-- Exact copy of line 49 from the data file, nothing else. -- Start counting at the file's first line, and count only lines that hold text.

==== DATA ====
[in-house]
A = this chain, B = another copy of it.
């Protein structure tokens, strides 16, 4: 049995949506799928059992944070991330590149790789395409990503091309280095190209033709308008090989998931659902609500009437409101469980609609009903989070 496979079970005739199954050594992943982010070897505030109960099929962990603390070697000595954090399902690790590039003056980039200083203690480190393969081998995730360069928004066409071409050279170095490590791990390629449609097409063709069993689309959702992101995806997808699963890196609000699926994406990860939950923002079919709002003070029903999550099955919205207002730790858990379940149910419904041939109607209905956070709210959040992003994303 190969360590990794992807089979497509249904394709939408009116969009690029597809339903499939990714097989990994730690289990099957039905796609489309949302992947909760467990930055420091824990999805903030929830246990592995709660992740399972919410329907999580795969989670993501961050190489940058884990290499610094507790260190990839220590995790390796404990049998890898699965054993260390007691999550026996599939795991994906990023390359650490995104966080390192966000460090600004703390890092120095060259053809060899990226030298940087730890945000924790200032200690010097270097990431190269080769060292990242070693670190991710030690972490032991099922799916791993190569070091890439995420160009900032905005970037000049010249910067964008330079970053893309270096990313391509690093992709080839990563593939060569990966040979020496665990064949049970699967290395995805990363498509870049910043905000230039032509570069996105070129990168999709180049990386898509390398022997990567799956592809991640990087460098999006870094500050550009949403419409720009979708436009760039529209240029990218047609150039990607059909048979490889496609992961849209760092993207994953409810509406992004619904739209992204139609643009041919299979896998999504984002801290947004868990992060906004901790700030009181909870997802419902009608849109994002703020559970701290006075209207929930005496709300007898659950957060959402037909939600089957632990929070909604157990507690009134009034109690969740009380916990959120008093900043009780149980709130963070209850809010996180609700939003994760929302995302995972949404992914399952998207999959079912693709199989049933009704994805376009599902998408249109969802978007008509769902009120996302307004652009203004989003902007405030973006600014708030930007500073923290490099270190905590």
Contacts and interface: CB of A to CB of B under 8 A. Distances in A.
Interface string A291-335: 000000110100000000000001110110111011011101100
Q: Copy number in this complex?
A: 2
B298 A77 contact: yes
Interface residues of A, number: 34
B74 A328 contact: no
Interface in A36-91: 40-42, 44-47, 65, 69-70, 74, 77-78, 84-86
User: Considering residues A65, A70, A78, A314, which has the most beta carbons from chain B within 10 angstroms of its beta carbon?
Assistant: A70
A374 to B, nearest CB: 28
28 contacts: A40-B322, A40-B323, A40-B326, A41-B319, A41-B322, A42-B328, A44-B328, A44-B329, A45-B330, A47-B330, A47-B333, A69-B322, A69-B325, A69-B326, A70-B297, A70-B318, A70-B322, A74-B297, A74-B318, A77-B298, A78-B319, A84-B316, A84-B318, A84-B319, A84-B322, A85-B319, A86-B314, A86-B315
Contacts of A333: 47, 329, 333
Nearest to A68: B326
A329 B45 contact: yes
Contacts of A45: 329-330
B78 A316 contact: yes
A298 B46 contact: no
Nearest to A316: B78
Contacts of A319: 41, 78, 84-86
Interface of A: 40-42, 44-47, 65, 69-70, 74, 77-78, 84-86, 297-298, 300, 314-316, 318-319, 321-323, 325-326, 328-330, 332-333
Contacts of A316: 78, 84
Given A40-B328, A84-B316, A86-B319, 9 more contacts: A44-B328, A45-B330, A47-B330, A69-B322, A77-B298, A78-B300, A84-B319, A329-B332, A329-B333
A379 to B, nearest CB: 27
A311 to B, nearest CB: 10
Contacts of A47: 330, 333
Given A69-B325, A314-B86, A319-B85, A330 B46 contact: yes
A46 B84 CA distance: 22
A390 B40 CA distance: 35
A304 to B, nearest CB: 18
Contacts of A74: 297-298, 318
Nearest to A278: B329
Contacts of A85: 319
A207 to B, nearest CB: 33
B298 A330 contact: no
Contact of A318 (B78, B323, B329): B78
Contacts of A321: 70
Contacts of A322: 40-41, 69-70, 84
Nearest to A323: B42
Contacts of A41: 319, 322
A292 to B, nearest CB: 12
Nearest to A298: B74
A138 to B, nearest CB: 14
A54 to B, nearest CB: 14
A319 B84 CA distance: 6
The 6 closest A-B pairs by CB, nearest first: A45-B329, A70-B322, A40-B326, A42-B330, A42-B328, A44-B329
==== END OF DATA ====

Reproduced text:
The 6 closest A-B pairs by CB, nearest first: A45-B329, A70-B322, A40-B326, A42-B330, A42-B328, A44-B329